RBI Annual Report 2017-2018

Tuesday, September 25th, 2018

The RBI Annual Report generally has a lot of interesting charts and data that give good insights into the state of the economy. In this first of a series of posts, we cover five charts that we found quite informative from the latest report.


1. Stalled Projects coming down

RBI Annual Report

The number and value of stalled projects, especially from the government side, has been coming down. Though new investments have not yet picked up meaningfully, we could start to see a return of pricing power for manufacturers and a revival of the capex cycle.


2. e-NAM accelerating

The e-NAM trading platform has grown exponentially since its launch in 2016. From the report:

The scheme has immense potential to transform the agricultural marketing structure through smoother inter-state movements, more efficient price discovery and removal of intermediaries. The adoption process, however, has been slow and gradual with a majority of traders/farmers still continuing with the manual auction method for selling their products. 


3. Food Inflation down structurally

From the report:

For 2017-18 as a whole, food and beverages (weight: 45.9 per cent in CPI) inflation moderated sharply, with its contribution to overall inflation dropping to 29 per cent from 46 per cent a year ago amidst significant intra- year variability. The softening in food prices, which began as early as in the second half of 2016-17 under the weight of a bumper crop and distress sales post-demonetisation, spilled into the first quarter of 2017-18, diving into deflation during May-June 2017 (Chart II.2.3). Two factors stand out in this plunge in food inflation: first, the unusually muted and delayed seasonal uptick in prices of vegetables ahead of the monsoon; second, a deepening of the deflation in prices of pulses since March 2017.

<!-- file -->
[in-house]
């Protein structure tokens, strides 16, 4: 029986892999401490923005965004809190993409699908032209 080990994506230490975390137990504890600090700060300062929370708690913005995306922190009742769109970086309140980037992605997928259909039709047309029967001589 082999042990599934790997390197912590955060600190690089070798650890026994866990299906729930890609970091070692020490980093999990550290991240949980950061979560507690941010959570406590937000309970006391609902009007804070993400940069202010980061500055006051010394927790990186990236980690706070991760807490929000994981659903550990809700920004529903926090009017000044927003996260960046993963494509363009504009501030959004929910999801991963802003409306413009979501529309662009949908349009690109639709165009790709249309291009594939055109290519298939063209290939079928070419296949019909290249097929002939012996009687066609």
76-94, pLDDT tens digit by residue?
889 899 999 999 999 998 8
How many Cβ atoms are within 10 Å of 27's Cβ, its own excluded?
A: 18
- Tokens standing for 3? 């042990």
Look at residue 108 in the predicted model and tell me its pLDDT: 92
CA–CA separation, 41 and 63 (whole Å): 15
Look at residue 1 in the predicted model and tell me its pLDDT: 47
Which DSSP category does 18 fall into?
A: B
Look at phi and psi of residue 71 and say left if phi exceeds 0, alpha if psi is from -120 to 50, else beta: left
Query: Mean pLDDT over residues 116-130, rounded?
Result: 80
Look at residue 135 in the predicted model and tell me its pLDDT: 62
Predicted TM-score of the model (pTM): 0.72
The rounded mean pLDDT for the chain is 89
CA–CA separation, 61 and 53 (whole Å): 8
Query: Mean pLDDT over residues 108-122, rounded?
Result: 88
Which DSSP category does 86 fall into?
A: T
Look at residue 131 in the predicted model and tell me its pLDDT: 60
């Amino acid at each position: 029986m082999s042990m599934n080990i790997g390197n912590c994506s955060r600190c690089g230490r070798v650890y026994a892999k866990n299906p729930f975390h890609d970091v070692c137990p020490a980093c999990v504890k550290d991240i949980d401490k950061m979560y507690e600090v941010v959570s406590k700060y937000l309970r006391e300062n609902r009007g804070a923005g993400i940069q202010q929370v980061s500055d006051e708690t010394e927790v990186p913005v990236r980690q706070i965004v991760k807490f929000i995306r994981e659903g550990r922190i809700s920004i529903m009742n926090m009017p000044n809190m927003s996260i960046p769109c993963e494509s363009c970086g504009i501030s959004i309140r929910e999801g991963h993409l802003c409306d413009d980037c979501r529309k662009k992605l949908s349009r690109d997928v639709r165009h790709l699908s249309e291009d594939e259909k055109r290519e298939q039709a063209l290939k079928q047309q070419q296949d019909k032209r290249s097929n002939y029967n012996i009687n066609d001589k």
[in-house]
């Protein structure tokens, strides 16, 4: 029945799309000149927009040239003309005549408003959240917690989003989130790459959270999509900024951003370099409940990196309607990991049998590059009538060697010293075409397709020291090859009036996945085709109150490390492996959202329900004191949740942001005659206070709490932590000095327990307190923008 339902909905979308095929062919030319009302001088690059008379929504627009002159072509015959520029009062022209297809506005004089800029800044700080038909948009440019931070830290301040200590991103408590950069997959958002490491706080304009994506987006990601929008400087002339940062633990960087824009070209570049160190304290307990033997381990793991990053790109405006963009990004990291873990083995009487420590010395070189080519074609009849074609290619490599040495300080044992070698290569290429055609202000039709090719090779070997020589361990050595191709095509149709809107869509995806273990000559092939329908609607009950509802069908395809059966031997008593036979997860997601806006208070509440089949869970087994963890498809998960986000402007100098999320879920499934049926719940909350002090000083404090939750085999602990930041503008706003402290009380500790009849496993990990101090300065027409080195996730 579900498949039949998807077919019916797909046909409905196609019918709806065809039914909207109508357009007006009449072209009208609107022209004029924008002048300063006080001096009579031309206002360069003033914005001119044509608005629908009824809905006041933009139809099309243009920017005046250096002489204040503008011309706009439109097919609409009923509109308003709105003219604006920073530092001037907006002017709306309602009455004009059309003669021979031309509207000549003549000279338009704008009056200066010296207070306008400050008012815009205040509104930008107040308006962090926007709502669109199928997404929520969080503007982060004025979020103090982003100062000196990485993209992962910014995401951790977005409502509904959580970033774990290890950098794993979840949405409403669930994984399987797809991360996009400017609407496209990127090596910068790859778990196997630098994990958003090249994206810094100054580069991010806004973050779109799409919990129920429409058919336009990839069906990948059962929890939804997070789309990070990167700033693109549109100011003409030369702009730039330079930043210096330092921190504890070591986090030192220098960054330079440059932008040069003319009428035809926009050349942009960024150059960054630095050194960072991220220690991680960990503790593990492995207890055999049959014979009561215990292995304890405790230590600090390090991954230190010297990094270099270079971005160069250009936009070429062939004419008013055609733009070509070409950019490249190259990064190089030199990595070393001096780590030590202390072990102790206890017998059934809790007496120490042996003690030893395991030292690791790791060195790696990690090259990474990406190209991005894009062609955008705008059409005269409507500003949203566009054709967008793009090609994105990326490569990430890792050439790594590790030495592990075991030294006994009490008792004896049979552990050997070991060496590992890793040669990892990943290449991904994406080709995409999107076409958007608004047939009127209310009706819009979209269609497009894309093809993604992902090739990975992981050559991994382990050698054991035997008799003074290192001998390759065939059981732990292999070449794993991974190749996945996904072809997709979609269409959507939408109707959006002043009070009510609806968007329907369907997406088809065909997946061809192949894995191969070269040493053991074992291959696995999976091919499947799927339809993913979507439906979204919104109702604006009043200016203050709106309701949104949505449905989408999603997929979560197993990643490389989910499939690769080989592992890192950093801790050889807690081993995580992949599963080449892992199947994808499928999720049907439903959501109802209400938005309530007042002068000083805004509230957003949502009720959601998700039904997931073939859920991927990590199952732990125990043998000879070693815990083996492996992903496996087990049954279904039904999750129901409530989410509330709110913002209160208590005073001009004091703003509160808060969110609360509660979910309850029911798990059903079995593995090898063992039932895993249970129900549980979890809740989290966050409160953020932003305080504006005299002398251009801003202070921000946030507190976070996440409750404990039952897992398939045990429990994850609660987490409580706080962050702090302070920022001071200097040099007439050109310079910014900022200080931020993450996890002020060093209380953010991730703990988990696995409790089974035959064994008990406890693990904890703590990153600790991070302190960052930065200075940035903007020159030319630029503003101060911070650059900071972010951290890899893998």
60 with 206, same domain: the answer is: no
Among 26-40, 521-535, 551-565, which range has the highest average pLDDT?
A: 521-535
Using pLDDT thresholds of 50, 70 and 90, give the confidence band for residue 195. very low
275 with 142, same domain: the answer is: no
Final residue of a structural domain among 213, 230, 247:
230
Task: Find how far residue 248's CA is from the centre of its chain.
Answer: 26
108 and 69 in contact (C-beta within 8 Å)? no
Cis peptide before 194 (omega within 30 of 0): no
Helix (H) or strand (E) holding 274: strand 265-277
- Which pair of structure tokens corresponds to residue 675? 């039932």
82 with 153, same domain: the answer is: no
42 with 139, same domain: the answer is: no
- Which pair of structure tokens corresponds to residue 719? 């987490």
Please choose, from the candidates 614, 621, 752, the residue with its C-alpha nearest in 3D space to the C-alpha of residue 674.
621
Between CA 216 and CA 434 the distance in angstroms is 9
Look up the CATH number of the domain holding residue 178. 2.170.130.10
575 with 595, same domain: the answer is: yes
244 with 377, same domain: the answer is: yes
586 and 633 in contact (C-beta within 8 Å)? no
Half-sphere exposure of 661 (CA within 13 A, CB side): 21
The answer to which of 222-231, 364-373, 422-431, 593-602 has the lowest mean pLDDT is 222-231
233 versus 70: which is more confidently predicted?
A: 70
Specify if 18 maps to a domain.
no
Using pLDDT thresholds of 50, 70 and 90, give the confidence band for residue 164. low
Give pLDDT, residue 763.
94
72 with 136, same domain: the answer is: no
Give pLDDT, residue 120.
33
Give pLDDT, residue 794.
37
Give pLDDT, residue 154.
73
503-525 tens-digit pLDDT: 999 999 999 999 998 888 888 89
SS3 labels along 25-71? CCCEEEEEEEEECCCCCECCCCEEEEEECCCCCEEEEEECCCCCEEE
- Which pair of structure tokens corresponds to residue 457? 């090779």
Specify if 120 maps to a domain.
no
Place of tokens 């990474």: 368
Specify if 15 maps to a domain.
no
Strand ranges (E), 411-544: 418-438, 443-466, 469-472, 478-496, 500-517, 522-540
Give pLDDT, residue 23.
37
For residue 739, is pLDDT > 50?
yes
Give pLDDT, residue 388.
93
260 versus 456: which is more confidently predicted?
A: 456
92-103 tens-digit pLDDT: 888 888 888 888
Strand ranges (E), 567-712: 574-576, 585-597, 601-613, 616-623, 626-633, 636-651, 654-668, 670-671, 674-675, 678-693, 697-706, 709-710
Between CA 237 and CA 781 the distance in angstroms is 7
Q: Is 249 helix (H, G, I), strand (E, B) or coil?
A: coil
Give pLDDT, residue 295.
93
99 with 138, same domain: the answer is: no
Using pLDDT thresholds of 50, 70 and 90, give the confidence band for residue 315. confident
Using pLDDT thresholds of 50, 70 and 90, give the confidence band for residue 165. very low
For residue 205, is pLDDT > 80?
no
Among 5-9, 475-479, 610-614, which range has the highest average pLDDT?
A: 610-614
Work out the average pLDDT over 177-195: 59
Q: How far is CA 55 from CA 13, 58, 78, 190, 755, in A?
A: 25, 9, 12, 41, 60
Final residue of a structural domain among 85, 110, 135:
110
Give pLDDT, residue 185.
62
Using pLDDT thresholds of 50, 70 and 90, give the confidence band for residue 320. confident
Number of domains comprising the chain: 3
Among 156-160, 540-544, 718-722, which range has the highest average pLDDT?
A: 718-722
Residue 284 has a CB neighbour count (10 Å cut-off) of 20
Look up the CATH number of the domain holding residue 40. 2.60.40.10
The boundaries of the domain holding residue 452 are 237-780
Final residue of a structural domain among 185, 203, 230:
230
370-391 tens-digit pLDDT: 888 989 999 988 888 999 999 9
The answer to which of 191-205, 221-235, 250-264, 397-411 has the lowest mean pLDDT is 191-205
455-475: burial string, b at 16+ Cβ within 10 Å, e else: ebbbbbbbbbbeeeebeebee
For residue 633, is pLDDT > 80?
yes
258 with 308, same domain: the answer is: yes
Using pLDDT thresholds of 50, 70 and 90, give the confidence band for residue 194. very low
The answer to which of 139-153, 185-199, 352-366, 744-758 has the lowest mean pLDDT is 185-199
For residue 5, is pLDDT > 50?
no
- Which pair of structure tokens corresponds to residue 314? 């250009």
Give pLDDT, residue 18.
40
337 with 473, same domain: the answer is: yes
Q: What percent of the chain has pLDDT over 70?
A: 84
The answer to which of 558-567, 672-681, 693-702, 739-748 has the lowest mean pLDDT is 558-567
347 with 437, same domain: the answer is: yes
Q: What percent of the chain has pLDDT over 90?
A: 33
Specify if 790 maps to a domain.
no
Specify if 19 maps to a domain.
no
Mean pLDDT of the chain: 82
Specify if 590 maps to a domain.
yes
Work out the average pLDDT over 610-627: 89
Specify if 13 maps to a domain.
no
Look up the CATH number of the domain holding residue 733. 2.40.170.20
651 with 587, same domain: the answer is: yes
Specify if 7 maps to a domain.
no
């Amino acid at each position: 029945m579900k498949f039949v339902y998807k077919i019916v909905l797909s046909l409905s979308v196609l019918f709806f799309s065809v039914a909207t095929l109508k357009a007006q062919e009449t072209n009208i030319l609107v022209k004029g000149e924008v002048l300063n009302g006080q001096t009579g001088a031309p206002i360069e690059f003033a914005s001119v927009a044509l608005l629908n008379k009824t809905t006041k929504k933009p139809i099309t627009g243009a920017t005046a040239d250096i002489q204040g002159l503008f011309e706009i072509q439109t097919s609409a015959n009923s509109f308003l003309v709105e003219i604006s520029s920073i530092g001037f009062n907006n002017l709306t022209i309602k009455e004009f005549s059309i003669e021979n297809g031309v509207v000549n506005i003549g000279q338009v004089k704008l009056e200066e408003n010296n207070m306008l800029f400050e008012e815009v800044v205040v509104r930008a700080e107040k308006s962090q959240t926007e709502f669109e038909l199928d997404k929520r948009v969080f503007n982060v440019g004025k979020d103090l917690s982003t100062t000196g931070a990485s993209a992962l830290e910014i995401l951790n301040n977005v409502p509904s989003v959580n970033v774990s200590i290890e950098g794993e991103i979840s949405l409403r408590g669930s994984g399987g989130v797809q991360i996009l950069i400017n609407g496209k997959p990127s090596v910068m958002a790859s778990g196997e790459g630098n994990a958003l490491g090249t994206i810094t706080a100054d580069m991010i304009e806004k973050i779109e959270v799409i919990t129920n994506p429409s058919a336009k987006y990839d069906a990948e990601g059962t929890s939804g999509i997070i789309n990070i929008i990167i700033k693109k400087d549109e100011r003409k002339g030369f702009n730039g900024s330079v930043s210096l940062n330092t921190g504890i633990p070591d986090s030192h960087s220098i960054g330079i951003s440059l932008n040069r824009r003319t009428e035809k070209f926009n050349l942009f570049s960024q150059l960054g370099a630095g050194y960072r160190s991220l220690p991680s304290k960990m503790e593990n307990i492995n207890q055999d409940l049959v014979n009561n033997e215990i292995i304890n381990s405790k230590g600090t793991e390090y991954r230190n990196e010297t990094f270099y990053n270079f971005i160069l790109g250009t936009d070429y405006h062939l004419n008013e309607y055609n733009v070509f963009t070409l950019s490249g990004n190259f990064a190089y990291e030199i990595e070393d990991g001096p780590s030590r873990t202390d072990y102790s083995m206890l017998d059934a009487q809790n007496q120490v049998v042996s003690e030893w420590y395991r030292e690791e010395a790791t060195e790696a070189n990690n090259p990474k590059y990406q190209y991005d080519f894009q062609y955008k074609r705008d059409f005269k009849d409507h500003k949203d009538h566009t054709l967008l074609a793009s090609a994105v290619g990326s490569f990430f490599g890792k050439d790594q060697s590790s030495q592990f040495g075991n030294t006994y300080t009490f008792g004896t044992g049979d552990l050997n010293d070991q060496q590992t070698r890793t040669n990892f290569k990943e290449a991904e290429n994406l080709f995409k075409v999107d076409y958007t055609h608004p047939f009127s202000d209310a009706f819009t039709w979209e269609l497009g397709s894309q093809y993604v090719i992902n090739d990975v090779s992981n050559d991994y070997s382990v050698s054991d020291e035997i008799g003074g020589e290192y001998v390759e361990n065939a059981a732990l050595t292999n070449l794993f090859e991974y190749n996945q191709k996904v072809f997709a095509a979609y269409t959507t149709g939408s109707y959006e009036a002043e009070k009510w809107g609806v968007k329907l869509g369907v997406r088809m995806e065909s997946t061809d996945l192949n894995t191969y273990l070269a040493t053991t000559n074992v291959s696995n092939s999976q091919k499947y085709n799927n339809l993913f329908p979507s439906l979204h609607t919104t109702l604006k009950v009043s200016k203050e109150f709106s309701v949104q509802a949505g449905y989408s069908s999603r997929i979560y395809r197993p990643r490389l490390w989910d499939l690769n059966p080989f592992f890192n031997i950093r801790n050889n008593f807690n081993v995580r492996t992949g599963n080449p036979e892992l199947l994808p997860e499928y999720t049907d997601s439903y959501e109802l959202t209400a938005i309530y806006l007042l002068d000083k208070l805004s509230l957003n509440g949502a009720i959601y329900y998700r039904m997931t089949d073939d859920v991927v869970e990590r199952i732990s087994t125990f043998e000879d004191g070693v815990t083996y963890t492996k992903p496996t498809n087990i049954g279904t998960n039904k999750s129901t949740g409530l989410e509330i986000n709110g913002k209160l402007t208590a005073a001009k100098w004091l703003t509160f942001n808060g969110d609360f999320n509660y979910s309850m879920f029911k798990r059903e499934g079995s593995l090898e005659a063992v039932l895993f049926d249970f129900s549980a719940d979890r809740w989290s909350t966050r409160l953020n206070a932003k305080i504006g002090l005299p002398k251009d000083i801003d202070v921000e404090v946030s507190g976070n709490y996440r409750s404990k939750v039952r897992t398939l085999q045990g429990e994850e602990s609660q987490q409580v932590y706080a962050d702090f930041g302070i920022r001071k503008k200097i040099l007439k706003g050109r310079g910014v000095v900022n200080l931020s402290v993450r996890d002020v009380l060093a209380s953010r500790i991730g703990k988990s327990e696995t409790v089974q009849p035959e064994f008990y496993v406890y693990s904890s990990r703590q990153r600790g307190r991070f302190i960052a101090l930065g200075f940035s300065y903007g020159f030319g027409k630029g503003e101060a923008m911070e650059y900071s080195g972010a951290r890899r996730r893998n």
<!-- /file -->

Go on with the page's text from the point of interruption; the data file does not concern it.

The last few years have seen good monsoons, low global food prices and excess supply which have led to a deflation in food prices.


4. Domestic vs. International Oil prices

Diesel deregulation coincided with the global fall in oil prices. The government smartly increased taxes to shore up public finances. This is seen very clearly in the expansion of the spread between the international crude basket and prices at the pump. With oil increasing sharply in the last few months, it will be interesting to see if the government will maintain the current tax rates or if the spread will normalise.


5. Private vs. Public Bank Credit growth

Private sector Banks are clearly dominating their public sector peers in incremental business. From the report:

Credit growth was largely driven by private sector banks, which were resilient in the face of these tectonic shifts, with their credit portfolio growing at 18.7 per cent during the year as compared to 5.3 per cent by public sector banks (PSBs) and 3.8 per cent by foreign banks. Among PSBs, those under prompt corrective action (PCA) turned out to be laggards, though signs of revival were evident in this category as well during 2018-19 so far (Chart II.3.8). During Q1:2018-19, non-food credit has maintained its momentum, with credit accelerating to 12.9 per cent as on June 22, 2018 as compared to a meagre 6.3 per cent a year ago.

About the author

Rishad is the founder of Kairos Capital. He started his career with Standard Chartered Wealth Management and has extensive experience in markets, particularly in terms of mutual funds and stocks.

View all author posts →

Linkfest – 92


The recent correction put in perspective